JS: Has there been any research, either by you or other scholars, on how suicides are linked to economic factors?

MK: I did recently complete a project, funded by the NIH, looking at the impact of the Great Recession on suicides. And indeed, there is a relationship! There’s some evidence that with the Great Recession we saw a rise in unemployment, we saw a rise in foreclosure rates, we also saw a rise in the rate of poverty—which may have contributed even more than the other two measures in economic distress. That rise in poverty contributed to an uptick in the suicide rate.

  There are data that seem to suggest, both coming from the United States and more so from Europe, that many European countries such as Greece went through a very hard time. The EU imposed very restrictive draconian measures that were attached to the loans they got, and that caused a cutback in welfare and health care and all sorts of other things. And in countries that traditionally had lower suicide rates such as Greece and Italy during the Great Recession, rates of suicide went up. But we know in this country too that the long-term research looking at periods of unemployment and following up five years or more show that for each percentage-point rise in unemployment, there’s also a rise in the suicide rate.

JS: And of course, in the United States, it’s very easy to get a gun, which seems to be the most fatal form of suicide. Of all suicide attempts, those attempted with a firearm are unfortunately more likely to be fatal.

MK: Yes, that’s referred to as the “case fatality rate.” With the use of guns, it’s nearly 95 percent.

JS: What would you recommend as policy solutions that get at both the firearm access and the social justice issues of gun violence?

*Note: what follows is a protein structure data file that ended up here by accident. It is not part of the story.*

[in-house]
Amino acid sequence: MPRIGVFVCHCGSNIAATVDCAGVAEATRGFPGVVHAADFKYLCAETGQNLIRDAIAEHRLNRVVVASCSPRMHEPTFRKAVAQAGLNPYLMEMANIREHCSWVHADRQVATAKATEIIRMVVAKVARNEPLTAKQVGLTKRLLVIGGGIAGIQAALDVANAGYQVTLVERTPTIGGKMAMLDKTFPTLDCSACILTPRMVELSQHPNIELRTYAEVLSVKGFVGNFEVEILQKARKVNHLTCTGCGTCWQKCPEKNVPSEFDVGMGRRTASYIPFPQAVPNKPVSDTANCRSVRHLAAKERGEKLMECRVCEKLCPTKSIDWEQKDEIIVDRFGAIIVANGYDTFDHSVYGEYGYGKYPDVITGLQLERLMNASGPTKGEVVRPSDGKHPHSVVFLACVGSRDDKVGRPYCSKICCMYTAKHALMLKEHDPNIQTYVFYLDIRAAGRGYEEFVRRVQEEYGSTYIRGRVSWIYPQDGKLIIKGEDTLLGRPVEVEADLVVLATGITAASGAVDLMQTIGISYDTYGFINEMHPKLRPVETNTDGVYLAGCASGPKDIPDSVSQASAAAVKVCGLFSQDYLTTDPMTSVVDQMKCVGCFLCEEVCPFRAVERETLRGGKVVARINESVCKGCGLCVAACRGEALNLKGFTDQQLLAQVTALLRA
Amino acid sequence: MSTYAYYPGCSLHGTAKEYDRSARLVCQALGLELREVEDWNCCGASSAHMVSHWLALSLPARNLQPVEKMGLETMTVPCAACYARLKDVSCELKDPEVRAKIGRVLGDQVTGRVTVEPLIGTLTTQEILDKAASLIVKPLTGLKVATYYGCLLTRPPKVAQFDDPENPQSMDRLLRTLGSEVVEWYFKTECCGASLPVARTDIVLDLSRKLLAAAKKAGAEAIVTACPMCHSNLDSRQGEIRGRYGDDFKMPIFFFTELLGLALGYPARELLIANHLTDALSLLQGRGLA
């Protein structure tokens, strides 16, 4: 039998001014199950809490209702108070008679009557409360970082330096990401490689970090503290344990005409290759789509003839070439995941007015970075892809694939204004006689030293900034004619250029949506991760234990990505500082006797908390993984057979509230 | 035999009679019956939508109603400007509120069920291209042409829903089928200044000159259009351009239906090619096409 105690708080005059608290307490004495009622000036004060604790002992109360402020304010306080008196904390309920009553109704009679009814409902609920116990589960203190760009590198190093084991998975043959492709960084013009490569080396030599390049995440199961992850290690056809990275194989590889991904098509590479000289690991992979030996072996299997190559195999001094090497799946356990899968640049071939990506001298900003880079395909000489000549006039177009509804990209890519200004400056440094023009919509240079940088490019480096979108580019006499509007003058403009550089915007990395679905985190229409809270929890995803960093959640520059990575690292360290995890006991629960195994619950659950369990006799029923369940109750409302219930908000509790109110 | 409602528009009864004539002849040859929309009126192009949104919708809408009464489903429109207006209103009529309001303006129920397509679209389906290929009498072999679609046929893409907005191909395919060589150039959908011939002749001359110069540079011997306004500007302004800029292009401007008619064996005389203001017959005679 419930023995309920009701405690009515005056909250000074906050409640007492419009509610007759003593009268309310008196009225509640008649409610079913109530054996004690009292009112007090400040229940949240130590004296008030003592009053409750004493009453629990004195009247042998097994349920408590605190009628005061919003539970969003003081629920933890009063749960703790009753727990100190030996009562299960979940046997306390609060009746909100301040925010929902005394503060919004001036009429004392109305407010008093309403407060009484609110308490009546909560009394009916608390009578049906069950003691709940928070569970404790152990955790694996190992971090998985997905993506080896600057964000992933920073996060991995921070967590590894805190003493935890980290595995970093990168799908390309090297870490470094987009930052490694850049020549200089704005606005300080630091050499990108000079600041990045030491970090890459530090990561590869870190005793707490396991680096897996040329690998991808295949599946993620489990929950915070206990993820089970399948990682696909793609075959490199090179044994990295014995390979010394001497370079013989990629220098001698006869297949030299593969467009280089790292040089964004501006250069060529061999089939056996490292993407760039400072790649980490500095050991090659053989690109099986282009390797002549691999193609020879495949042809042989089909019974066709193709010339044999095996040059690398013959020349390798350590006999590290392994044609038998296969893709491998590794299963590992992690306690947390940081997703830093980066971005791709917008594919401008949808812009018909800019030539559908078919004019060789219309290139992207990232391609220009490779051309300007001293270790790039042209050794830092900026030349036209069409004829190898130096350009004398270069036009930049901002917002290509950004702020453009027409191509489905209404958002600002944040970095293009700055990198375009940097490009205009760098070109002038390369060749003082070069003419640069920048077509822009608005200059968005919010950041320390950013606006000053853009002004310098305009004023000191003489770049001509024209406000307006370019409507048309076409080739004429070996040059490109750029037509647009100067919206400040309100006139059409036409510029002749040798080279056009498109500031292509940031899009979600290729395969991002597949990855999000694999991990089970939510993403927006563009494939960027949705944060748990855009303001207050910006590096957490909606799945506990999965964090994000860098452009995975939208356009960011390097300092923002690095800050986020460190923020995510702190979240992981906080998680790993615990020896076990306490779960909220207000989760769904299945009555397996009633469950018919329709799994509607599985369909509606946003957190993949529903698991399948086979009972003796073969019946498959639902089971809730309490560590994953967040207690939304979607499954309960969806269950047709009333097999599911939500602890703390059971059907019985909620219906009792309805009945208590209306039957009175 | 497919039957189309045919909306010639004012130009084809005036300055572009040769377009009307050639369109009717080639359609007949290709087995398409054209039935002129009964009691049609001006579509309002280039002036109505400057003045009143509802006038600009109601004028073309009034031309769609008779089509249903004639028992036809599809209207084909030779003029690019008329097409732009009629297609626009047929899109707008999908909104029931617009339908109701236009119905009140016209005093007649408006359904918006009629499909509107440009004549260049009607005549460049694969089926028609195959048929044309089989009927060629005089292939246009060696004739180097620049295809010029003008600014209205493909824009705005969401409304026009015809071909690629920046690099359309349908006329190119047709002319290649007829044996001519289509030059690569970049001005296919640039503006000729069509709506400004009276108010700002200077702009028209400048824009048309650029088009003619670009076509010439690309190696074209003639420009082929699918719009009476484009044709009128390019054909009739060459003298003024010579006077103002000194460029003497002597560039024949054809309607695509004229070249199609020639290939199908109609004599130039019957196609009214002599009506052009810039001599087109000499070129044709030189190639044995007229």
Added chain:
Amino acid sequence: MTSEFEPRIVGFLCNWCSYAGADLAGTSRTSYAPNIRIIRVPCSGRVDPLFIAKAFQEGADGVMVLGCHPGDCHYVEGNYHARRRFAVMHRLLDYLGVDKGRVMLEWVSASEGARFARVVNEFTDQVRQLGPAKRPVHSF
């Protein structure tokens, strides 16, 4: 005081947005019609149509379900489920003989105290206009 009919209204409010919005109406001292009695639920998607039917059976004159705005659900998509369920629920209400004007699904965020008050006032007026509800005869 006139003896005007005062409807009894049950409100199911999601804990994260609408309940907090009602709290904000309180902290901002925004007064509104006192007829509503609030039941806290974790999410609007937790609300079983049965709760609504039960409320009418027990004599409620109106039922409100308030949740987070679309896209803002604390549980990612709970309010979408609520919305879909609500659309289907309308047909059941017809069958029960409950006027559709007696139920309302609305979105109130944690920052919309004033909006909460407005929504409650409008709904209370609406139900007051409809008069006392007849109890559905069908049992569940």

MK: I think that we need to approach this in a more holistic way, a more comprehensive way. The gun issue is perhaps the first step. It’s how we tamp down the lethalization, which I brought up at the beginning. That’s something that researchers have looked at globally—the presence of guns. The first thing we need to do is lower the rate, the prevalence of gun availability, access to guns. California is a great example. Some of the most restrictive gun laws have produced very positive results, fewer gun deaths in the state. They say the winds blow from the west to the east, so hopefully that will happen.

  And then we can begin to tackle some of these social inequities and inequalities, and some of the structures that promote inequality. Violence is a more difficult social problem to tackle. It represents more than just the loss of lives: The economic toll on society is huge. How do we redress the various measures of inequality? The distribution of wealth and income, the issue of racially segregated communities, the under-resourced and underfunded social welfare infrastructure that seems to be taking a hit in the current administration—those are issues that also need to be addressed. We are lowering the safety net right now. In other words, under the current government … we’re requiring work for health care, so we’re dropping the safety net, meaning that people are going to get hurt.

  This interview has been lightly edited for length and clarity.

  About the author: Jeremy Slevin is the Associate Director of Advocacy for the Poverty to Prosperity Program at the Center for American Progress.

  This article was published by TalkPoverty.org.